AP-NORC Poll: Americans somewhat confident in climate fight

Published 7:35 am Thursday, September 19, 2019

WASHINGTON — Most Americans are at least somewhat confident that the world will step up in its fight against global warming — but there are limits to their optimism.

That’s according to a new poll by The Associated Press-NORC Center for Public Affairs Research that also shows most think their own actions can make a difference.

About 7 in 10 Americans think it is at least moderately likely the world will take action in the next decade to reduce emissions of heat-trapping carbon dioxide and other gases, but only about 3 in 10 think that’s very likely to happen, according to the August poll.

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Two-thirds of those polled said they think pollution reduction would have at least some impact in preventing future warming, but only about a quarter think it would do a lot to keep climate change at bay. About 3 in 10 Americans overall think even if emissions are cut back significantly it will do little or nothing to stop climate change.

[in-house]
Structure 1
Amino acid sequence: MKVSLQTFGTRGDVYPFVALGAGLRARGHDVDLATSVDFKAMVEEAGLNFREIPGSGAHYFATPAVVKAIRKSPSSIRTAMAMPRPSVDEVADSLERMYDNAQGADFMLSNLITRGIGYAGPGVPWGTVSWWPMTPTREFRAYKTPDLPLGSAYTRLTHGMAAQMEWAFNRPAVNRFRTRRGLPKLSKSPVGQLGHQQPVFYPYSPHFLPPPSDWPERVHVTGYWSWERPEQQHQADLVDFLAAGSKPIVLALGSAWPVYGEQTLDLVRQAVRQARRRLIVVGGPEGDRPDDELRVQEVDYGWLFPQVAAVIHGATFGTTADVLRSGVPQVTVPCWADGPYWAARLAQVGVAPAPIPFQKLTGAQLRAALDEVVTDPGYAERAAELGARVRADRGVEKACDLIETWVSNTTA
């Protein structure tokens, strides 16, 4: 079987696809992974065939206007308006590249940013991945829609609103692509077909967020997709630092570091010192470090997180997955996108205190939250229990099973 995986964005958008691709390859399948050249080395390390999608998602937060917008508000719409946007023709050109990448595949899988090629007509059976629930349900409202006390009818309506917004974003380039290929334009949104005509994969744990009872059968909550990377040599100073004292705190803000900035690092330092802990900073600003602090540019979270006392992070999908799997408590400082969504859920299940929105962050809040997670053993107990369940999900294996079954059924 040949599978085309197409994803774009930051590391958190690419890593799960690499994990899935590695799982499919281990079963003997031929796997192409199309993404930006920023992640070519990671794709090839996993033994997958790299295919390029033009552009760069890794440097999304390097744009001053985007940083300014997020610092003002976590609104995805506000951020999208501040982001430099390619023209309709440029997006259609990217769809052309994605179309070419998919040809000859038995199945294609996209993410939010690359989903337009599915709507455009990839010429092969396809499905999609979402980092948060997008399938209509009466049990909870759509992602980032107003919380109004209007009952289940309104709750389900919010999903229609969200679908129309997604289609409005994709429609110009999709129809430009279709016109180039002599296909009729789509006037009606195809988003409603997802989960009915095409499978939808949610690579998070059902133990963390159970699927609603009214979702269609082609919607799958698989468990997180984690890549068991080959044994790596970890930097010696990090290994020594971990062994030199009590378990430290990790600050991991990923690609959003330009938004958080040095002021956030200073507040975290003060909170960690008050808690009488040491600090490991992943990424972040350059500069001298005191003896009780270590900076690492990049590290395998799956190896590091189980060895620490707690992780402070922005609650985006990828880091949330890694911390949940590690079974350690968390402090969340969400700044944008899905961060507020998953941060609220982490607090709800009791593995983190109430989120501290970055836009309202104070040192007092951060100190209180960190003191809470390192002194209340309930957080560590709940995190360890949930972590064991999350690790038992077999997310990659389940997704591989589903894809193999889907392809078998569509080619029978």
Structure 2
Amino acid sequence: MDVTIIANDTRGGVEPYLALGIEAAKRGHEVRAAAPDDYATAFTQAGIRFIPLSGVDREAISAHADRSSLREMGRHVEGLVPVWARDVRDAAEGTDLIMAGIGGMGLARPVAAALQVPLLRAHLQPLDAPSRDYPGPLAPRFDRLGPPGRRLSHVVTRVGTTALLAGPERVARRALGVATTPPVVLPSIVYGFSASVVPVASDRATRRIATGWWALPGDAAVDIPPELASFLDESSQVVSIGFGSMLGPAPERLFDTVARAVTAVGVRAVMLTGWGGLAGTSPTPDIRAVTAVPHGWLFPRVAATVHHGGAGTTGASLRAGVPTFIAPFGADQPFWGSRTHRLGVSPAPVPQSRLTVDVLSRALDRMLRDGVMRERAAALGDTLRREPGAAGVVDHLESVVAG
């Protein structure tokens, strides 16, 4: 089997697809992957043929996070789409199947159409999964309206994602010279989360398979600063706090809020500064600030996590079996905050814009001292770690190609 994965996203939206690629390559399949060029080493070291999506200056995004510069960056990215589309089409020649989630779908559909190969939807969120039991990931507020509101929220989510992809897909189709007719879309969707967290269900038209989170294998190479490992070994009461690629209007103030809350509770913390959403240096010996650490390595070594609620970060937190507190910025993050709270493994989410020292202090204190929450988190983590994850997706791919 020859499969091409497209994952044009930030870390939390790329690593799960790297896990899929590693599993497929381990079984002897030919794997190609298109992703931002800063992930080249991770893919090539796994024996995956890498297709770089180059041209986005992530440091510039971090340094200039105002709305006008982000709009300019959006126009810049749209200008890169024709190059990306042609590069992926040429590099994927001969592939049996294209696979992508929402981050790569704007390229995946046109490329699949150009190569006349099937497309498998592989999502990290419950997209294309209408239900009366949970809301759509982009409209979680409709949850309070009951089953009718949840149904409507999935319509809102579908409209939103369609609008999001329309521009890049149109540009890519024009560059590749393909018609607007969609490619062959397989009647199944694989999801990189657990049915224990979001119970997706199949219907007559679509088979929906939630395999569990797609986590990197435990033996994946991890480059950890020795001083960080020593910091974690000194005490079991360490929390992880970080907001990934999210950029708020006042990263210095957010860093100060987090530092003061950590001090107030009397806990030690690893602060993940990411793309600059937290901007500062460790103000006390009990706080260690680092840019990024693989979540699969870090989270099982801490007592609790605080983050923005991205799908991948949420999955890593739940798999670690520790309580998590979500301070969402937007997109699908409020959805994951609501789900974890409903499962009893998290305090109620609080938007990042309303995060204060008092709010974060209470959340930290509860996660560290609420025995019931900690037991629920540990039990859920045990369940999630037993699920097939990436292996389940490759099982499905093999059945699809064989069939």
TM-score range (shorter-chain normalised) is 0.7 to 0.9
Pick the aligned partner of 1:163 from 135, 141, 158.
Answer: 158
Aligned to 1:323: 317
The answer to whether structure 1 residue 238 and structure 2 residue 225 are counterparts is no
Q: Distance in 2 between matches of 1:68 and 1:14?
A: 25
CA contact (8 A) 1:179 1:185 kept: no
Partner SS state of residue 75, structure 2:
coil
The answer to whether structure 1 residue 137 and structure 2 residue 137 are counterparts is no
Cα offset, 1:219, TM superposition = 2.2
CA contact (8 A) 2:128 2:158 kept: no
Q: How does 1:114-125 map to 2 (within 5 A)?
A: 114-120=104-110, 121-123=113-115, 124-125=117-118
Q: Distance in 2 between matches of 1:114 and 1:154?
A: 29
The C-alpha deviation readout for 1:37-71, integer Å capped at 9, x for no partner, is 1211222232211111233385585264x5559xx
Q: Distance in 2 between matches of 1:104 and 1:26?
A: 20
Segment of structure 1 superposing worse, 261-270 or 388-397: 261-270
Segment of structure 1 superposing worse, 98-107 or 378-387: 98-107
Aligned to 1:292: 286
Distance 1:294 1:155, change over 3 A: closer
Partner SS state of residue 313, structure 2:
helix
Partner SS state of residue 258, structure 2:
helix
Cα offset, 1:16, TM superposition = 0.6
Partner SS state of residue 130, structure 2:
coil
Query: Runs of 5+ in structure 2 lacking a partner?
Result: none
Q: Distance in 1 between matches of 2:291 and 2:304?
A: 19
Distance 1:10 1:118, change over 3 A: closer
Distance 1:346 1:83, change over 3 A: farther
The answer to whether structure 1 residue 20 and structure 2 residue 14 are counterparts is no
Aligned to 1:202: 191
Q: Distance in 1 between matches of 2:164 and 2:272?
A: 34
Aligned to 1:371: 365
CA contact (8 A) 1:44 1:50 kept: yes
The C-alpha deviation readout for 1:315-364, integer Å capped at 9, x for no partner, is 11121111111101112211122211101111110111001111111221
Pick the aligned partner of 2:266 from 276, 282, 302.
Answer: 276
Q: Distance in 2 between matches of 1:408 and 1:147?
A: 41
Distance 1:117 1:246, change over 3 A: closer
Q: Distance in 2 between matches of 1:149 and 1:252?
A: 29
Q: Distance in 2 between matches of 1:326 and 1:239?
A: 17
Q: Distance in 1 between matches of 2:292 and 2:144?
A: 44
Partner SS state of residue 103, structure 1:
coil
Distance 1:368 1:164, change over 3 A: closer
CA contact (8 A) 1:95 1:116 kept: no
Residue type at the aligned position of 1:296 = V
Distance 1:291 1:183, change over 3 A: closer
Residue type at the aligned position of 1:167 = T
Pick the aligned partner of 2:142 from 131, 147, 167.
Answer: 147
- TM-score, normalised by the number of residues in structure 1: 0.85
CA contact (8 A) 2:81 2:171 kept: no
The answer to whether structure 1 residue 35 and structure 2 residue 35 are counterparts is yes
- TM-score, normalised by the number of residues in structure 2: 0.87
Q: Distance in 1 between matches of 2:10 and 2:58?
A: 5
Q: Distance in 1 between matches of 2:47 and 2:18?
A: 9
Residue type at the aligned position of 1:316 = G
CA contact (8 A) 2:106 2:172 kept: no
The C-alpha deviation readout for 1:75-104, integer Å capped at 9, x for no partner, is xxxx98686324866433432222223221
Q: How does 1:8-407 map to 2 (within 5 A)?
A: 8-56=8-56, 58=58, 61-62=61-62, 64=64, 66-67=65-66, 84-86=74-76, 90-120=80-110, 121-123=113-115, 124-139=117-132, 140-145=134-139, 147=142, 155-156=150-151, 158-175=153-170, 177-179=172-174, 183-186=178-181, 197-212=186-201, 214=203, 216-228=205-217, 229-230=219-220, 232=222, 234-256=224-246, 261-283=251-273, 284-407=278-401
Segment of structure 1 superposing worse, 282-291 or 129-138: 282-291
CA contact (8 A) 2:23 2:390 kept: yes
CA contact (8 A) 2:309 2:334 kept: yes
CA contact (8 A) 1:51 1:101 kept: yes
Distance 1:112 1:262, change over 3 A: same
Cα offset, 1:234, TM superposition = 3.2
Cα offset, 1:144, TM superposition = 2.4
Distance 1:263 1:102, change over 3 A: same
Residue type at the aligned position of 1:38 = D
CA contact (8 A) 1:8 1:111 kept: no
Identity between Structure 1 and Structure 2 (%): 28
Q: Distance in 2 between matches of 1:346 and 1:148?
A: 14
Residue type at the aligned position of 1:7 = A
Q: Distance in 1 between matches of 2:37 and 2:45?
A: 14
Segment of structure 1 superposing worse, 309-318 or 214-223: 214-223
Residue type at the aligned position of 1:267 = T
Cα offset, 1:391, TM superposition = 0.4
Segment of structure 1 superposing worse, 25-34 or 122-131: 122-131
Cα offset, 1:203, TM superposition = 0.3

“I worry for my children and my grandchildren and for the future and what they have in store for them,” said Vickie Jackson, of Aydlett, North Carolina. “I don’t think it’s going to get any better, unfortunately. It would take everybody to really pitch in and really care.”

Michael Mann, a prominent Pennsylvania State University climate scientist who has been labeled an alarmist by people who reject mainstream climate science, sees it a bit differently.

“I’m cautiously optimistic that we WILL take the actions necessary to avert catastrophic warming,” Mann said in an email. “However, these poll results also show that one of the greatest threats to action now isn’t outright denial. … It’s hopelessness and despair and a growing sense in some communities that we have no agency in addressing this challenge.”

Democrats and younger people show a bit more optimism than Republicans and older Americans.